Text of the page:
Exogenic Fulgurites

December 29, 2020

Exogenic fulgurite

Photographer: Mila Zinkova  
Summary Author: Mila Zinkova  

The class of exogenic fulgurites refers to liquefied materials resulting from a powerful lightning strike (>100 GW) that are thrown into the atmosphere above the lightning’s point of impact (i.e. they are ejected) and solidify in the air. Exogenic fulgurites feature an amorphous and often bubbly appearance due to the rapid manner in which the airborne, liquefied materials cool down. They are generally dark green in color (as a result of a moderate iron oxide content), differing from traditional fulgurites, which are typically carrot, brown or tan. In addition, they have a smoother, glassier texture than conventional fulgurites, which have a gritty, sandy feel to them. Photo taken November 12, 2020.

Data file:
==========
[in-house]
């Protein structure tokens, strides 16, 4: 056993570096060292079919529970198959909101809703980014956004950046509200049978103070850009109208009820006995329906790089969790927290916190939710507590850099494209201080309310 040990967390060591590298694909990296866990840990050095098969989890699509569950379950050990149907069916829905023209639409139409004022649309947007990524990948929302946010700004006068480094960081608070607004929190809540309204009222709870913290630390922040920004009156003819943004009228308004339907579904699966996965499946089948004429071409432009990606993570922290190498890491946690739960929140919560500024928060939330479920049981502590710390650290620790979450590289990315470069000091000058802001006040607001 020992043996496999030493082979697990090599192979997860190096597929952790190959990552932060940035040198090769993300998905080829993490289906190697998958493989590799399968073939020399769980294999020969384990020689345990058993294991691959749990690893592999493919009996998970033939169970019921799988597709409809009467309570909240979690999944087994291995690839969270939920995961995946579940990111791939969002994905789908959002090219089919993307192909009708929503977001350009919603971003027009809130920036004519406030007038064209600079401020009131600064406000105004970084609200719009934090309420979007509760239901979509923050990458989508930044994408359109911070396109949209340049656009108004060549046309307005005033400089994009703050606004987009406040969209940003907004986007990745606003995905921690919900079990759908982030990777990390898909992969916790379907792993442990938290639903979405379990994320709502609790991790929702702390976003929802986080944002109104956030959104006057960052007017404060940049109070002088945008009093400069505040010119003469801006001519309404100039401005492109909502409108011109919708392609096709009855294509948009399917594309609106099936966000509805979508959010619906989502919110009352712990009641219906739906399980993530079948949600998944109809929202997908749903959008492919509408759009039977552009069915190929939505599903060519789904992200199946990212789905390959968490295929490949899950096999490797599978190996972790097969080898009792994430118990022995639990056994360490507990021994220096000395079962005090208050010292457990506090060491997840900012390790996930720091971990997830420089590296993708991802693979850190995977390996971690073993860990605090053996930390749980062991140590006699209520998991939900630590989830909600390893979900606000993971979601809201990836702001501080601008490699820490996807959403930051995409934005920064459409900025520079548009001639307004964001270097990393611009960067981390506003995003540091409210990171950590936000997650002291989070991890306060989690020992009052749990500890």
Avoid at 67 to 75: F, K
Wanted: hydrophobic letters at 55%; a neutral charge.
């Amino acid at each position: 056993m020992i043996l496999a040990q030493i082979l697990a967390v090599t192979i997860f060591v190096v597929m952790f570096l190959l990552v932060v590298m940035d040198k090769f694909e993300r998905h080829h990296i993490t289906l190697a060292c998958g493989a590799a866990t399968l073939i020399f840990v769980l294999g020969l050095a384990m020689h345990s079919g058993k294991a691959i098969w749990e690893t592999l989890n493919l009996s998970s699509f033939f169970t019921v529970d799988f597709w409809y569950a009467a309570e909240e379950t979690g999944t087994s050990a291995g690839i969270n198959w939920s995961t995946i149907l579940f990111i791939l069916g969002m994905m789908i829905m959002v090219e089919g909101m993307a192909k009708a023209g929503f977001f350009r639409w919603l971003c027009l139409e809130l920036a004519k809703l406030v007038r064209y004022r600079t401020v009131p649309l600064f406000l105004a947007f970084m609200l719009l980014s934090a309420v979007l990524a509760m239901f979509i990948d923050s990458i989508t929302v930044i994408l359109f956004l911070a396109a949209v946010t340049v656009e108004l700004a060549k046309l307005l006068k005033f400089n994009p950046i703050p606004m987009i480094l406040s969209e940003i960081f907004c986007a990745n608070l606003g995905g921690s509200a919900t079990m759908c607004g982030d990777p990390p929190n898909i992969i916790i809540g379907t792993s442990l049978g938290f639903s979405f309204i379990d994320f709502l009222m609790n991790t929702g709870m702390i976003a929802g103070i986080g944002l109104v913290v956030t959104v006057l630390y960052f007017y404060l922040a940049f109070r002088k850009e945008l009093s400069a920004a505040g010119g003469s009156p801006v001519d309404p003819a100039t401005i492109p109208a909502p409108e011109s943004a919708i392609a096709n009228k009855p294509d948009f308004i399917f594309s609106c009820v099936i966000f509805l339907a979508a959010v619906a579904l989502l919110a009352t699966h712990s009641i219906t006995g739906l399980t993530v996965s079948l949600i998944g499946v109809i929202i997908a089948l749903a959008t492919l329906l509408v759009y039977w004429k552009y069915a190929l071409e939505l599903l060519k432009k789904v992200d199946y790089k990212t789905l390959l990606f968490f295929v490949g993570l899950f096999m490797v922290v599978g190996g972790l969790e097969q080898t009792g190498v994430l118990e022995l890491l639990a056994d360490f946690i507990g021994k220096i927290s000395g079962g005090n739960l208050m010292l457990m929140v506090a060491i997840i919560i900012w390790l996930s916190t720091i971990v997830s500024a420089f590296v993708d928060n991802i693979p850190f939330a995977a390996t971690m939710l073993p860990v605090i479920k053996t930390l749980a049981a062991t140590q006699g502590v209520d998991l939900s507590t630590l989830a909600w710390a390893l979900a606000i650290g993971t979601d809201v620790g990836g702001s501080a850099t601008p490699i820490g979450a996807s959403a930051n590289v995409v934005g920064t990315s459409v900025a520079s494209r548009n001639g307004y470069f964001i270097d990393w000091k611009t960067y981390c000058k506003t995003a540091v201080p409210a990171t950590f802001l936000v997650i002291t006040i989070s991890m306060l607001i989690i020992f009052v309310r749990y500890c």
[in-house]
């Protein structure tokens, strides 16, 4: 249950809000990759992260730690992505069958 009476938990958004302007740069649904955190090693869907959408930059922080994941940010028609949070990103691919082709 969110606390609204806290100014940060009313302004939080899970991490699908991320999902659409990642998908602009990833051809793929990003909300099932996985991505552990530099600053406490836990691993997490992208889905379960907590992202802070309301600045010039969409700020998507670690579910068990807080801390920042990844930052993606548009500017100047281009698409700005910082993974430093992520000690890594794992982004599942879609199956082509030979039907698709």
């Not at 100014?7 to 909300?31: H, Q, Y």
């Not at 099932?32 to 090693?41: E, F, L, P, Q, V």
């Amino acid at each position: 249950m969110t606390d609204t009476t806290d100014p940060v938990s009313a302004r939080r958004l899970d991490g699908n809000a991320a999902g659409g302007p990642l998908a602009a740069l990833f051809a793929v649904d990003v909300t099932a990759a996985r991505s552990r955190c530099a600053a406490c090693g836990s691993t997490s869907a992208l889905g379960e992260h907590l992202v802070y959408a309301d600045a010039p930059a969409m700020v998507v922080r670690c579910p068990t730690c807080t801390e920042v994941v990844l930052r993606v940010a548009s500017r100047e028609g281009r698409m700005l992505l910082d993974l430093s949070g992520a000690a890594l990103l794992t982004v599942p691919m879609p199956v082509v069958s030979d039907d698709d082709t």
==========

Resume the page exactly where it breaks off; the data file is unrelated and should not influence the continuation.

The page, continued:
Photo Details: Camera: Apple iPhone 6; Software: Adobe Photoshop CS3 Windows; Exposure Time: 0.0009s (1/1163); Aperture: ƒ/2.2; ISO equivalent: 32; Focal Length (35mm): 35